Serious Entertaining: A Real Deal Barbecue Feast

Texas barbecue from Franklin Barbecue in Austin. J. Kenji López-Alt

As I write, I'm sitting in the passenger seat of a rental car on route 10 between Austin and El Paso, my best friend speeding behind the wheel, and the dogs peering out the back window at the dry grass and pecan trees that cover the Texas Hill Country.

At my feet are two styrofoam take-out containers overstuffed with leftover brisket, ribs, pulled pork, and potato salad. (It's not easy polishing off a tray with "one of everything please" only 45 minutes after a migas taco breakfast.) The lids of the containers don't like to stay shut and they flop open, wafting the smells of smoke, beef fat, and black pepper through the car with every bump in the road.

Normally I rack my brain week after week to come up with a good theme for the Serious Entertaining menu of the week. This time, there's only one thing on my mind: barbecue.

Lucky for me, our grilling authority Josh Bousel has a slew of well-tested recipes on the site already adapted for the home cook. Here's what you should be serving this weekend. I mean it.

The Main Course: Barbecue

Joshua Bousel

I'm in Texas, and in Texas, barbecue brisket is king. When done perfectly, the meat should hold together just well enough to slice cleanly, but melt into a wash of smoky beef fat on your tongue, the peppery, salty bark providing all the seasoning you need—no sauce necessary here!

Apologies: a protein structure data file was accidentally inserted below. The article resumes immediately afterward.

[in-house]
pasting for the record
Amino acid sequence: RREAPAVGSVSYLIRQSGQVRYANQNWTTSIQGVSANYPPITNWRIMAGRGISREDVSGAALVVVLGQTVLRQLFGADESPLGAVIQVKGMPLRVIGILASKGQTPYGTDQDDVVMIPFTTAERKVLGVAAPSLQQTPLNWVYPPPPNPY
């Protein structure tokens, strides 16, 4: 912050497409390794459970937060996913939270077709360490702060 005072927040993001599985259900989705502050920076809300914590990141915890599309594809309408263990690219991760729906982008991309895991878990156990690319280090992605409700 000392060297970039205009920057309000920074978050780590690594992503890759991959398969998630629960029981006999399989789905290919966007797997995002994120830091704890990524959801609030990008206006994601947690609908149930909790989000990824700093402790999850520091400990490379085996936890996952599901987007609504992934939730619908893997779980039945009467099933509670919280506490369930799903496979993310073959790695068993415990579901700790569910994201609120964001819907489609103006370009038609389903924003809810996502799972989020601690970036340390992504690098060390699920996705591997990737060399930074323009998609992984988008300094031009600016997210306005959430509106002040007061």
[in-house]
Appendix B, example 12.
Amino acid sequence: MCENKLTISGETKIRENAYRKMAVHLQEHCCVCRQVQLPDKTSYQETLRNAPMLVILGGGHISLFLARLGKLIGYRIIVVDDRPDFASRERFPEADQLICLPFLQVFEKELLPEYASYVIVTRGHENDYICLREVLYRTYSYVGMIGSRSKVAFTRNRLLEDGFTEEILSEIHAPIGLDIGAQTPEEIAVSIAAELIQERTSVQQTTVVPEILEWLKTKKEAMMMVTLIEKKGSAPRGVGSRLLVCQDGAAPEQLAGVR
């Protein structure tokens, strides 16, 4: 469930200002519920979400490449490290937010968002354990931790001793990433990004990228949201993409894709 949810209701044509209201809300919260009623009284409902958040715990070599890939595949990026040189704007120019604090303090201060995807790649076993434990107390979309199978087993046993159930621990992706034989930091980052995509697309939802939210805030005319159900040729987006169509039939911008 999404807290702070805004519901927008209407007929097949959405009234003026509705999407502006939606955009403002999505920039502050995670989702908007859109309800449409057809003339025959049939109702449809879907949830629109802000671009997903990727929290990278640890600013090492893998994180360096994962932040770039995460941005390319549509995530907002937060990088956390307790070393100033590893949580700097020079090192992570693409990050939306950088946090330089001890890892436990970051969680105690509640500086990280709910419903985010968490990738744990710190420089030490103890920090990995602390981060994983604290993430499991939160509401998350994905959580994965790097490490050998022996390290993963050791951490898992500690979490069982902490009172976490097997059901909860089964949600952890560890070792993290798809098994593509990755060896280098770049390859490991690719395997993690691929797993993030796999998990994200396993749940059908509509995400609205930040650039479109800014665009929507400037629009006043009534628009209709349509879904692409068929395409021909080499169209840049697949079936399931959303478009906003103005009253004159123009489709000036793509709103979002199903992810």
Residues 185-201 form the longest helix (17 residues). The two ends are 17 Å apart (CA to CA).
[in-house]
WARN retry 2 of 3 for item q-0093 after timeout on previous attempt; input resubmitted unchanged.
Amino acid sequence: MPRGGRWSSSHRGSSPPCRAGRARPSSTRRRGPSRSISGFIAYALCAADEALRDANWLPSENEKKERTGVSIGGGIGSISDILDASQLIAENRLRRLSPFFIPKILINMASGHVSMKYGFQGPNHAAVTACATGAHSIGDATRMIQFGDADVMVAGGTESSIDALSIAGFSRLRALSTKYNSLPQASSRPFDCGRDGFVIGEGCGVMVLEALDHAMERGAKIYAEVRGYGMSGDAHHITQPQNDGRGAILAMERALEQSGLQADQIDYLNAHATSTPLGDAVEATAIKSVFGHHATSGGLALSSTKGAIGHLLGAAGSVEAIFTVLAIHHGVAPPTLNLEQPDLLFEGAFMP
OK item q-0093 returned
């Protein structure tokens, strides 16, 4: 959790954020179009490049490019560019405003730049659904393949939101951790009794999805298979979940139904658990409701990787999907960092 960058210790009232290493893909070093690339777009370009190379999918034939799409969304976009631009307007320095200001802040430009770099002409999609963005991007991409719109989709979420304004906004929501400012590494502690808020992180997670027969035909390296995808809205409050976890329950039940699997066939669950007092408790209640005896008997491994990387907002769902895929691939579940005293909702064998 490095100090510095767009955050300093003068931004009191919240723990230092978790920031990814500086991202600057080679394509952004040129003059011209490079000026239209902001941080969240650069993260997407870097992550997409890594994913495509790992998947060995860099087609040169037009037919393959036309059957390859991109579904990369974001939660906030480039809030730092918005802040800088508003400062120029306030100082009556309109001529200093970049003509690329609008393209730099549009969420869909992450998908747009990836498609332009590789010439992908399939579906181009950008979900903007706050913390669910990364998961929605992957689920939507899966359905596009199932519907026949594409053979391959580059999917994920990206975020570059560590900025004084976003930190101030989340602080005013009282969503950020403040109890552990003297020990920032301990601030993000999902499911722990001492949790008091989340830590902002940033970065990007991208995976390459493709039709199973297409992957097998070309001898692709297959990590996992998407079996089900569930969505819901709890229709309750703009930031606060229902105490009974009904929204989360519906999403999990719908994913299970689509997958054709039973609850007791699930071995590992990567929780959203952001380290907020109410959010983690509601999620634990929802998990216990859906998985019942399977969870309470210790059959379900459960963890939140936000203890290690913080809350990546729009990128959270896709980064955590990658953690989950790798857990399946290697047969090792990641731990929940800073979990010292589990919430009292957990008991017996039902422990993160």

If pork is more your thing, check out these competition-style ribs that produce picture-perfect results and have just the slightest hint of pull. Even better is our pulled pork, which comes out moist, juicy, and ready to be picked and stuffed into a bun.

Other Accompaniments

Joshua Bousel

There are some pitmasters in Texas who will get downright offended if you ask them for sauce, but in your home, you're the pitmaster, so you can do whatever the heck you like. You could do worse than cooking up a batch of our sweet and tangy basic barbecue sauce.

A good hamburger bun or potato roll is an excellent choice for a starchy accompaniment to your meat, but if you want to go the extra mile, bake up a loaf of the simplest white bread ever to serve simply sliced on the side.

To top off your sandwich, you'll want some thin sliced sweet onions, some pickled jalapeño rings, and thick slices of our garlic dill pickles.

Side Dishes

J. Kenji López-Alt

The side dishes are often an afterthought at barbecue joints (Need some vegetables with your beef? Ok, try the smoked turkey!), but a good vinegary potato salad or cole slaw can help cut the fatty meat, priming your mouth to fully enjoy the next bite. Our creamy potato salad made with fingerling potatoes is a mayo-free salad with a bright, acidic flavor profile and a deeply potato-y flavor due to the use of lightly mashed potatoes in the creamy dressing.

Our creamy coleslaw is similarly ultra-bright, made cabbage that gets quickly cured in a salt and sugar blend before being dressed in a mustard and vinegar-packed dressing.

Drinks and Dessert

Lauren Weisenthal

Nothing washes down barbecue like cold beer, but sun tea comes in a close second. Here's a secret: for the very best sun tea, forget about the sun and your tea will come out just fine (even better actually!) without it.

Finally, a ooey, gooey chess pie makes for a fine post-brisket dessert before nap time.

Get The Recipes: